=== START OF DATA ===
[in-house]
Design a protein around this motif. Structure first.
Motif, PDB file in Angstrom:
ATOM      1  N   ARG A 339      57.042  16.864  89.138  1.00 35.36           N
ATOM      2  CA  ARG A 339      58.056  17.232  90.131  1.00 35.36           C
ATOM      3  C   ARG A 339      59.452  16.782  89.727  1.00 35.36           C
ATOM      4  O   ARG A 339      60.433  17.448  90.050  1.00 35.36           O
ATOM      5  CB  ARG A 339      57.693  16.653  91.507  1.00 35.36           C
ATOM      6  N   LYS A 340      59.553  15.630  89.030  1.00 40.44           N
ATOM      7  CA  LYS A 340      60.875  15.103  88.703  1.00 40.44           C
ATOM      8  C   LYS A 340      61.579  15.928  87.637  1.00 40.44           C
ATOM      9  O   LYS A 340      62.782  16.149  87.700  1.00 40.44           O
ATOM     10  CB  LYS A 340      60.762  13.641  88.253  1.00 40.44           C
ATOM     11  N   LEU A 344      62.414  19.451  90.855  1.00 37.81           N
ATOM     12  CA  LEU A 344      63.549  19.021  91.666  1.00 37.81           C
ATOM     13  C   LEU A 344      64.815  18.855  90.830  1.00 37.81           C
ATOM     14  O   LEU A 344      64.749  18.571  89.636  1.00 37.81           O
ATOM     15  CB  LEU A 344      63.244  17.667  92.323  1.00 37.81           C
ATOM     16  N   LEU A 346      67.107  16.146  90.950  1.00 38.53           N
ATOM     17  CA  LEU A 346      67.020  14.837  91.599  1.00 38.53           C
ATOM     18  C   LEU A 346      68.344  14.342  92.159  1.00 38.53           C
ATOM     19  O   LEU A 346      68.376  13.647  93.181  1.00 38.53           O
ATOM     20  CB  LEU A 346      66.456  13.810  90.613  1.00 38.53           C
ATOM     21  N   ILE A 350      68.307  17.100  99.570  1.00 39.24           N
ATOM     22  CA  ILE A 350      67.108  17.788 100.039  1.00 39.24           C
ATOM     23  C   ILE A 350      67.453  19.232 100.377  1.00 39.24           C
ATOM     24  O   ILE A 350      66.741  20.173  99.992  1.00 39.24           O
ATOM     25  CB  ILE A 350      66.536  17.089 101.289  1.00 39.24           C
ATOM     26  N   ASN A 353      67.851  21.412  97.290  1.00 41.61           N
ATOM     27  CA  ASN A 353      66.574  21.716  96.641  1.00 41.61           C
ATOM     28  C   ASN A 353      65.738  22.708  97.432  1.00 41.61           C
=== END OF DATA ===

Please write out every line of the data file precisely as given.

[in-house]
Design a protein around this motif. Structure first.
Motif, PDB file in Angstrom:
ATOM      1  N   ARG A 339      57.042  16.864  89.138  1.00 35.36           N
ATOM      2  CA  ARG A 339      58.056  17.232  90.131  1.00 35.36           C
ATOM      3  C   ARG A 339      59.452  16.782  89.727  1.00 35.36           C
ATOM      4  O   ARG A 339      60.433  17.448  90.050  1.00 35.36           O
ATOM      5  CB  ARG A 339      57.693  16.653  91.507  1.00 35.36           C
ATOM      6  N   LYS A 340      59.553  15.630  89.030  1.00 40.44           N
ATOM      7  CA  LYS A 340      60.875  15.103  88.703  1.00 40.44           C
ATOM      8  C   LYS A 340      61.579  15.928  87.637  1.00 40.44           C
ATOM      9  O   LYS A 340      62.782  16.149  87.700  1.00 40.44           O
ATOM     10  CB  LYS A 340      60.762  13.641  88.253  1.00 40.44           C
ATOM     11  N   LEU A 344      62.414  19.451  90.855  1.00 37.81           N
ATOM     12  CA  LEU A 344      63.549  19.021  91.666  1.00 37.81           C
ATOM     13  C   LEU A 344      64.815  18.855  90.830  1.00 37.81           C
ATOM     14  O   LEU A 344      64.749  18.571  89.636  1.00 37.81           O
ATOM     15  CB  LEU A 344      63.244  17.667  92.323  1.00 37.81           C
ATOM     16  N   LEU A 346      67.107  16.146  90.950  1.00 38.53           N
ATOM     17  CA  LEU A 346      67.020  14.837  91.599  1.00 38.53           C
ATOM     18  C   LEU A 346      68.344  14.342  92.159  1.00 38.53           C
ATOM     19  O   LEU A 346      68.376  13.647  93.181  1.00 38.53           O
ATOM     20  CB  LEU A 346      66.456  13.810  90.613  1.00 38.53           C
ATOM     21  N   ILE A 350      68.307  17.100  99.570  1.00 39.24           N
ATOM     22  CA  ILE A 350      67.108  17.788 100.039  1.00 39.24           C
ATOM     23  C   ILE A 350      67.453  19.232 100.377  1.00 39.24           C
ATOM     24  O   ILE A 350      66.741  20.173  99.992  1.00 39.24           O
ATOM     25  CB  ILE A 350      66.536  17.089 101.289  1.00 39.24           C
ATOM     26  N   ASN A 353      67.851  21.412  97.290  1.00 41.61           N
ATOM     27  CA  ASN A 353      66.574  21.716  96.641  1.00 41.61           C
ATOM     28  C   ASN A 353      65.738  22.708  97.432  1.00 41.61           C